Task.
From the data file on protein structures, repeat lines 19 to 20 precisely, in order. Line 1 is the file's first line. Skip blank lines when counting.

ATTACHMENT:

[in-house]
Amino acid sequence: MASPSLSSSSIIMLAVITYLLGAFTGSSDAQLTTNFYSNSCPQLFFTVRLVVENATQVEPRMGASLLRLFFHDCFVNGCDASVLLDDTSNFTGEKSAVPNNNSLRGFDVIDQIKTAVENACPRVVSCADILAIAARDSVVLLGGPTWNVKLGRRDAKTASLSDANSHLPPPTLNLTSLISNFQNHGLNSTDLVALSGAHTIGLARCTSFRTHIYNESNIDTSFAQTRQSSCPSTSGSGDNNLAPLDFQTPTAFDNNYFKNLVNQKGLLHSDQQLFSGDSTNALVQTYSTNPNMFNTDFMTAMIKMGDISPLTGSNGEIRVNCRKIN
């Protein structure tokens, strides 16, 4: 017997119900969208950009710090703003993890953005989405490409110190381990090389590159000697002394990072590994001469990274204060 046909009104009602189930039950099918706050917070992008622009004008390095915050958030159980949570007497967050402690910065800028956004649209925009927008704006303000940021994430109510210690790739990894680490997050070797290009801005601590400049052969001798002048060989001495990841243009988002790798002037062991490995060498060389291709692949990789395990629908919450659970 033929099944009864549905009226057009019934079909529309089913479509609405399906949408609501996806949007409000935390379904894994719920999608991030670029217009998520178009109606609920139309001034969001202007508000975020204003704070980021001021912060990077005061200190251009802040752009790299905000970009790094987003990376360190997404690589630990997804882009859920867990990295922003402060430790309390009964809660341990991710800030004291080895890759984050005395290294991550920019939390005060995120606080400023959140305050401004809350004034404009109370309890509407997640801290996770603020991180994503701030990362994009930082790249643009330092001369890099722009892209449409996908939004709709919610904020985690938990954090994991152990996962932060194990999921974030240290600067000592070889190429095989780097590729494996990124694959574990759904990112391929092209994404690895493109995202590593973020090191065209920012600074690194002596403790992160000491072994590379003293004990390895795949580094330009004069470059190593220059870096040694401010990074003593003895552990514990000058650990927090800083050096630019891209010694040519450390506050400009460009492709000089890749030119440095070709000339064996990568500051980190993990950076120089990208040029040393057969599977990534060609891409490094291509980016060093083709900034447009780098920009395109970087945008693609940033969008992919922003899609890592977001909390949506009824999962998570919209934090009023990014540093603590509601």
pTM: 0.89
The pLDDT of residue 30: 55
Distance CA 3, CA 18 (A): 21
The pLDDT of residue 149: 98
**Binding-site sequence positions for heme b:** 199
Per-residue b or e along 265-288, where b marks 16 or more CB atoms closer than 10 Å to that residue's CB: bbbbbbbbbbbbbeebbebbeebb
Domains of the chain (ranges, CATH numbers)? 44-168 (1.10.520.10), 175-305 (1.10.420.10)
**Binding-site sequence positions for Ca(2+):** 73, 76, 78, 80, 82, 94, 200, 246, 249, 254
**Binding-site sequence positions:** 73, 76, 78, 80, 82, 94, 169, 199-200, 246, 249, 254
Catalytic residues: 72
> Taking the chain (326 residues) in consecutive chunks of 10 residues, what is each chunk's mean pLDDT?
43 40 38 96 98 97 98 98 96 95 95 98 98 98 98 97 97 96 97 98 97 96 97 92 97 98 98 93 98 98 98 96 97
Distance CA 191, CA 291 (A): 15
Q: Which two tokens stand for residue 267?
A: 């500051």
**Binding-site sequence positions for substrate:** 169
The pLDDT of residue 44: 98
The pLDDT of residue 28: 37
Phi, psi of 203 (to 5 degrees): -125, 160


**Binding-site sequence positions for substrate:** 169
The pLDDT of residue 44: 98